A new report by the New Jersey Work Environment Council (WEC) says millions of Garden State residents are still at risk from toxic chemical disasters five years after the New Jersey Department of Environmental Protection (DEP) adopted rules to implement the New Jersey Toxic Catastrophe Prevention Act that were supposed to drastically reduce that risk. A DEP spokesman calls the report "sheer nonsense."

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According to the report, 90 New Jersey facilities still use large quantities of highly hazardous chemicals that can pose a potential catastrophic safety and health risk to millions of workers and the public if there were a worst-case toxic release caused by an incident or deliberate attack. These facilities are located in 19 of the state's 21 counties. The WEC claims the Christie Administration isn't doing enough to enforce rules to reduce risk.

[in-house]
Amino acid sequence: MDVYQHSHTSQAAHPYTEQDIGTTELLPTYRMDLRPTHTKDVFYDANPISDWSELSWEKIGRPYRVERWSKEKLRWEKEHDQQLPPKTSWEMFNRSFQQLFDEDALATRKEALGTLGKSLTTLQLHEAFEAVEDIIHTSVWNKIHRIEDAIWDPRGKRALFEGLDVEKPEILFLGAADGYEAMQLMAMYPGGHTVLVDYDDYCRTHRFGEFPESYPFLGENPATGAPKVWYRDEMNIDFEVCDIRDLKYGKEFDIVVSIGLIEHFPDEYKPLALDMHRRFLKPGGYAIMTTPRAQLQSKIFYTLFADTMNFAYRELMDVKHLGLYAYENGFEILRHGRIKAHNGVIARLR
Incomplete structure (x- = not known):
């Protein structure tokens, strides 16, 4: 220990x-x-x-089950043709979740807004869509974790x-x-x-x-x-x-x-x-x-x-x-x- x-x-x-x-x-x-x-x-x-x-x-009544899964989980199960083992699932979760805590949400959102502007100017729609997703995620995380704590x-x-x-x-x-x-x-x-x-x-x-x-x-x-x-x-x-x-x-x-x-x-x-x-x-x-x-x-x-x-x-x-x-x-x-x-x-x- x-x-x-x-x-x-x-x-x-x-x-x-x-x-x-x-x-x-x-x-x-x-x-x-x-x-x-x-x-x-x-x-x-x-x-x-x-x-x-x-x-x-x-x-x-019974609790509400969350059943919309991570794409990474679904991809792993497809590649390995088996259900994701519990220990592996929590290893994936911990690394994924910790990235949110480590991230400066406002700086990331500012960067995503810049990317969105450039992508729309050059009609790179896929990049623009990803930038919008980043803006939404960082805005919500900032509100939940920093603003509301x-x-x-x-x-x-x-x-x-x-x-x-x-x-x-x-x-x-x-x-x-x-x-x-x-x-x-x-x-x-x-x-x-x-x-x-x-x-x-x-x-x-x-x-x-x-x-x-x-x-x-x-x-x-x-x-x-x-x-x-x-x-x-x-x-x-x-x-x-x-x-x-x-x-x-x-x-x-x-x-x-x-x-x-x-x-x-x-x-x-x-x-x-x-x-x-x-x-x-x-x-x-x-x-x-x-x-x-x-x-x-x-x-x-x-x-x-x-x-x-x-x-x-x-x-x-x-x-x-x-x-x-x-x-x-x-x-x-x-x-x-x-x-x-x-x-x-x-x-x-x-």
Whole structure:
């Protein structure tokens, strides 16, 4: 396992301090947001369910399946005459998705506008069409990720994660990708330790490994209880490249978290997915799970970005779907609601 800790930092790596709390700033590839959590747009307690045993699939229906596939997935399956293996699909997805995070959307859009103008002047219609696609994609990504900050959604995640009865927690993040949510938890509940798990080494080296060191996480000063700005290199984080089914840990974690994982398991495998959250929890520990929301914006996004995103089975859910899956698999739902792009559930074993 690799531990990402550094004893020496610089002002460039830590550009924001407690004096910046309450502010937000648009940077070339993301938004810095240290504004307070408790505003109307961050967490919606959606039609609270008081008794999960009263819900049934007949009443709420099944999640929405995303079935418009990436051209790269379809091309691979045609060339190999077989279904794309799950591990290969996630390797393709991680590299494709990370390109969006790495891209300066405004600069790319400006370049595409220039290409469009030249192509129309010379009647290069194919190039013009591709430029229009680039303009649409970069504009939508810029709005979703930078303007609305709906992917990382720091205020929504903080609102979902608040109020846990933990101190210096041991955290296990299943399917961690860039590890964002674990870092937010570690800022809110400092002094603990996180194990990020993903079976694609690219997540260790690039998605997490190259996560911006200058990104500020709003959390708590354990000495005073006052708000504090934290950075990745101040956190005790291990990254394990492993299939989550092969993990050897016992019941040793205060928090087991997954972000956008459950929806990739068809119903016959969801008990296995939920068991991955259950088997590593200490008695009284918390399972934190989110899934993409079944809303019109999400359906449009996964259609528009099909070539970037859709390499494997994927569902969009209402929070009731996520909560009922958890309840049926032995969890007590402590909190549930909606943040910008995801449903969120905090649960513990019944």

"It's really wrong," said Larry Hajna, a spokesman for the DEP, referring to the report. "It's misleading. It's misguided. It's really sheer nonsense."

The WEC and its members blame Gov. Chris Christie's administration for not enforcing the existing rules requiring chemical facilities to reduce risk.

"Gov. Christie's philosophy is that we don't need enforceable safety standards because industry will voluntarily protect workers and the public, but the facilities' own reports show that approach is not working," said John Shinn, director of United Steelworkers District 4, the largest union of workers at oil and chemical facilities in New Jersey.

The director of the NJ Sierra club, Jeff Tittel said the Christie administration has cut enforcement of the rules by a third and has reduced the number of inspections at chemical plants.

"That's nonsense. It really is," said Hajna. "It is just so off target that I'm beyond words. They're doing a great disservice by alarming the public to think that there is a problem out there."